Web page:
Boys will be boys. Always.
Testosterone may not confer eternal youth on the male of the species, but it does enforce perpetual juvenile traits that can never truly be bred out of men.
These come to the fore in Jay and Mark Duplass' The Do-Deca-Pentathalon. A shaggy, basic tale of fraternal jealousy writ large, DDP is funny, if not deep, an amiable, sometimes aggressively funny film that occasionally dawdles. Yet there are obviously funny people at work here, who understand the fine line between hysteria and hysterical.
It's Mark's birthday, so the dumpy, balding Mark (Steve Zissis) takes his wife Stephanie (Jennifer Lafleur) and preteen son home to his mother's house for the occasion. Conspicuously not invited: Mark's brother Jeremy (Mark Kelly), apparently a source of stress and friction for Mark -- and everyone around them when they get together.
The brothers seem not to have spoken in years and, when Jeremy turns up unexpectedly for the weekend, we learn why. The two of them have always been neurotically competitive, so much so that, Mark eventually reveals, Mark's been in therapy because he gave himself a heart problem stressing over it.
How bad was it? Jeremy brings up the Do-Deca-Pentathalon, a 25-event personal Olympics in which the two of them had challenged each other as teens. The final score was 12-12; the conclusion of the final event, a breath-holding competition, was inconclusive because their father pulled Mark out of the water because he thought he was drowning.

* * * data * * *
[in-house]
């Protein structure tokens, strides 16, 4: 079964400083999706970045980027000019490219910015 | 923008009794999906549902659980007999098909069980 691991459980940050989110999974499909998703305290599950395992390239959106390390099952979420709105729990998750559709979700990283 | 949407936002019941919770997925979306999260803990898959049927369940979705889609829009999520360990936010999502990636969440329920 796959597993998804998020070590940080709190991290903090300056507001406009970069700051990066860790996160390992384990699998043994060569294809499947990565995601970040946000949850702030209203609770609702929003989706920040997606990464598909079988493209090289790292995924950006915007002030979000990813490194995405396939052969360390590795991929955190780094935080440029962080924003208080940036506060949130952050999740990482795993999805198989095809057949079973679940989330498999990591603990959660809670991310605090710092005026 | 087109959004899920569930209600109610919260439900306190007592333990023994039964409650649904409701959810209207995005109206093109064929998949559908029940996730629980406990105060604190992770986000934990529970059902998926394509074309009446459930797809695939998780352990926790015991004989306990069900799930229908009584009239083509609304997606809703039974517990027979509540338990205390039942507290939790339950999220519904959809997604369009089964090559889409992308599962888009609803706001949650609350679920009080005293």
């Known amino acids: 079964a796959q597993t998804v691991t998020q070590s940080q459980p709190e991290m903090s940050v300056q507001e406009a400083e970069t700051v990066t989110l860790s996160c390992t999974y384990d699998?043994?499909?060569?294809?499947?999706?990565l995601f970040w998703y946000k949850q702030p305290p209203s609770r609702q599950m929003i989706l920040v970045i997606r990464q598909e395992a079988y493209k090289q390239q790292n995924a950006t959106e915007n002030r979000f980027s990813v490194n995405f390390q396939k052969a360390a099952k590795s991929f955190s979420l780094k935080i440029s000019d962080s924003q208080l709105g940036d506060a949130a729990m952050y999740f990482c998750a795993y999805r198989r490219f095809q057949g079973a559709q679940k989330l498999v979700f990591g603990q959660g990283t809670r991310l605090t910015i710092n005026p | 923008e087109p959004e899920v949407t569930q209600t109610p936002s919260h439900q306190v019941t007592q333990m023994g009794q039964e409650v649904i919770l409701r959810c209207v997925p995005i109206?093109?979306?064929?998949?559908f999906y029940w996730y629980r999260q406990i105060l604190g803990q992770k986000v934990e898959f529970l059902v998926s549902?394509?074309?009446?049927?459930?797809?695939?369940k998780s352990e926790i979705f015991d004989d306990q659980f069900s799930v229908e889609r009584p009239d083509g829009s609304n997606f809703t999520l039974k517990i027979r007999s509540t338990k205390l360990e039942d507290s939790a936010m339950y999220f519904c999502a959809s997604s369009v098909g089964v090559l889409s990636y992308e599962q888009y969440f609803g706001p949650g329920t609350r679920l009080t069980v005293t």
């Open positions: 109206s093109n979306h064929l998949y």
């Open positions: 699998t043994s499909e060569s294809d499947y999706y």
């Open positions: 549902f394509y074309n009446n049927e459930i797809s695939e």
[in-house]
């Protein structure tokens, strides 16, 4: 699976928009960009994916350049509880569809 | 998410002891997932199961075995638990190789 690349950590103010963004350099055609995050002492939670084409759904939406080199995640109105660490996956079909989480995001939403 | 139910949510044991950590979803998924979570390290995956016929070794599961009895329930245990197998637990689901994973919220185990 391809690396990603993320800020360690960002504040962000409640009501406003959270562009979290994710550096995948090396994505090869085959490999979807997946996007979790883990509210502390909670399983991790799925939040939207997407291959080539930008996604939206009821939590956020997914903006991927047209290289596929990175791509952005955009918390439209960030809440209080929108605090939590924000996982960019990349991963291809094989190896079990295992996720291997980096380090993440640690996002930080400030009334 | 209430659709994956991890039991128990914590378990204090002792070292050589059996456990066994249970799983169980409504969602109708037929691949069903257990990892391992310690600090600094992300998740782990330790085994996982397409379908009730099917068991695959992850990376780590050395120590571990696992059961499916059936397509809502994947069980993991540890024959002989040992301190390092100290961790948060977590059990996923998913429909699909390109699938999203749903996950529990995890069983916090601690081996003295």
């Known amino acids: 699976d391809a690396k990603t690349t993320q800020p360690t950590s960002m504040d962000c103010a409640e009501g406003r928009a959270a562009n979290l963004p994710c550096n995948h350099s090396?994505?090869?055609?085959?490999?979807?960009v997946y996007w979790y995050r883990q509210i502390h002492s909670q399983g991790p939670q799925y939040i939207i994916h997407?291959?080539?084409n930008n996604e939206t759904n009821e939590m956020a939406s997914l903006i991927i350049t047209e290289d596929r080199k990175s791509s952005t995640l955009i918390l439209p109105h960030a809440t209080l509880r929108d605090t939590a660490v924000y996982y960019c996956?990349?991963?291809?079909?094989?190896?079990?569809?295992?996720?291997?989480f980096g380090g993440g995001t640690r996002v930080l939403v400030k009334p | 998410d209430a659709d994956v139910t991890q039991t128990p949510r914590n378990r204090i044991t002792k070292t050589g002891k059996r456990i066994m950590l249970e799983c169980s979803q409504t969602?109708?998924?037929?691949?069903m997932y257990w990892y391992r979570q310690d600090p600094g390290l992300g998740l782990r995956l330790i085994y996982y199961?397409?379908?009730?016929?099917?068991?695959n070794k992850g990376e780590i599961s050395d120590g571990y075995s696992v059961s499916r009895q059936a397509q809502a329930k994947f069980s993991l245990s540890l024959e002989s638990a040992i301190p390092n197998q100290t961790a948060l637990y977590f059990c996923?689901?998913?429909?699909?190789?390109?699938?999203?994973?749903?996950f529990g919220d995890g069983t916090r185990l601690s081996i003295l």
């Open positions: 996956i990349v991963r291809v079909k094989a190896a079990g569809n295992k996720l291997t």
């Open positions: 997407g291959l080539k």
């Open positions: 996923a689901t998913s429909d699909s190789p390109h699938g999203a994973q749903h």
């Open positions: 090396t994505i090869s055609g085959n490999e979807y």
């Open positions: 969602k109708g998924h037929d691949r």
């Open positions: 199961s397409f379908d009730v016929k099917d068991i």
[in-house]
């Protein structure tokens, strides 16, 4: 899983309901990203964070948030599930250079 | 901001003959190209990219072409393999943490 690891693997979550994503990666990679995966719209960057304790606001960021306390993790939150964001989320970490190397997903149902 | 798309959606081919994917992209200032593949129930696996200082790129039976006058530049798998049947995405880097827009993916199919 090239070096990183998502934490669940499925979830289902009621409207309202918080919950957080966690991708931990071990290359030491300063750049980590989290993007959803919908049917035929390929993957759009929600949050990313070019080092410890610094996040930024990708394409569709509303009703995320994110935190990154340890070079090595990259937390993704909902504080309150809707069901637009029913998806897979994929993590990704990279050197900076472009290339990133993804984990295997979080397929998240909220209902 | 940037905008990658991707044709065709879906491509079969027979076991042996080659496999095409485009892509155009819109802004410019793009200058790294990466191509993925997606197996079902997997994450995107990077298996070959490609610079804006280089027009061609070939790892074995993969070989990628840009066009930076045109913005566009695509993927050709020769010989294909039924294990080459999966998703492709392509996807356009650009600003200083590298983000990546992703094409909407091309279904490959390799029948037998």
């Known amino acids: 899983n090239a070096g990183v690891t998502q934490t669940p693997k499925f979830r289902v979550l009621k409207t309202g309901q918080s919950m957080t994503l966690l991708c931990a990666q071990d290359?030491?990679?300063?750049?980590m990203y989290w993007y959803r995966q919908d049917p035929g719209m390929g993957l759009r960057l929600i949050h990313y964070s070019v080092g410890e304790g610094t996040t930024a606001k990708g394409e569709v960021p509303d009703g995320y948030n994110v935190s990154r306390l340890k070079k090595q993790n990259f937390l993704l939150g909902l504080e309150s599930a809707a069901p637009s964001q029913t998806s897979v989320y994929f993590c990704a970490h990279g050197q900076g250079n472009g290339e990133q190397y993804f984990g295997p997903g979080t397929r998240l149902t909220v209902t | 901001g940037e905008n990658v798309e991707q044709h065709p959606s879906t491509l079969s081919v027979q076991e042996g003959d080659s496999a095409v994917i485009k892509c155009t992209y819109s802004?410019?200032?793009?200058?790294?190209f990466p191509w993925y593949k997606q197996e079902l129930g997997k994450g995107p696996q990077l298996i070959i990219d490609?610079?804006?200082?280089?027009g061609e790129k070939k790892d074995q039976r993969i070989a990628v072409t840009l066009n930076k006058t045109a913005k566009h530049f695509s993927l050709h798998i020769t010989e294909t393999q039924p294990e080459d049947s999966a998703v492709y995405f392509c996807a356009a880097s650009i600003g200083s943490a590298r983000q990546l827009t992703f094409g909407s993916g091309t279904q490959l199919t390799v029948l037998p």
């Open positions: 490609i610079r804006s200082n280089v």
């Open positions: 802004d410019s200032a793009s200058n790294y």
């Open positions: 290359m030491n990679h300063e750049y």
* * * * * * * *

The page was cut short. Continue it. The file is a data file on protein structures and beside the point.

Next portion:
Mark won't bite on Jeremy's taunts -- until a late-night encounter with Jeremy sets him off. But he's promised Jennifer he's not going to be baited into old behavior patterns - so they have to figure out a way to blaze through 25 events during the weekend without her finding out.
The Duplasses have an easy-going, no-frills style here and, in Kelly and Zissis, a pair of guys who look like the kind of neighborhood types with hidden skills and obvious weaknesses that you'd see trying to win a game of "Horse" against each other in the driveway. This movie understands the way a friendly contest can turn deadly serious, the way something trivial suddenly takes on life-changing importance -- at least in that moment -- all out of proportion to the rest of actual life.
There's not a lot to The Do-Deca-Pentathalon and yet it never drags. And, more often than you'd expect, it makes you laugh. It may not set the world on fire, but it will amuse you without boring you -- a quality that is becoming rarer and rarer.
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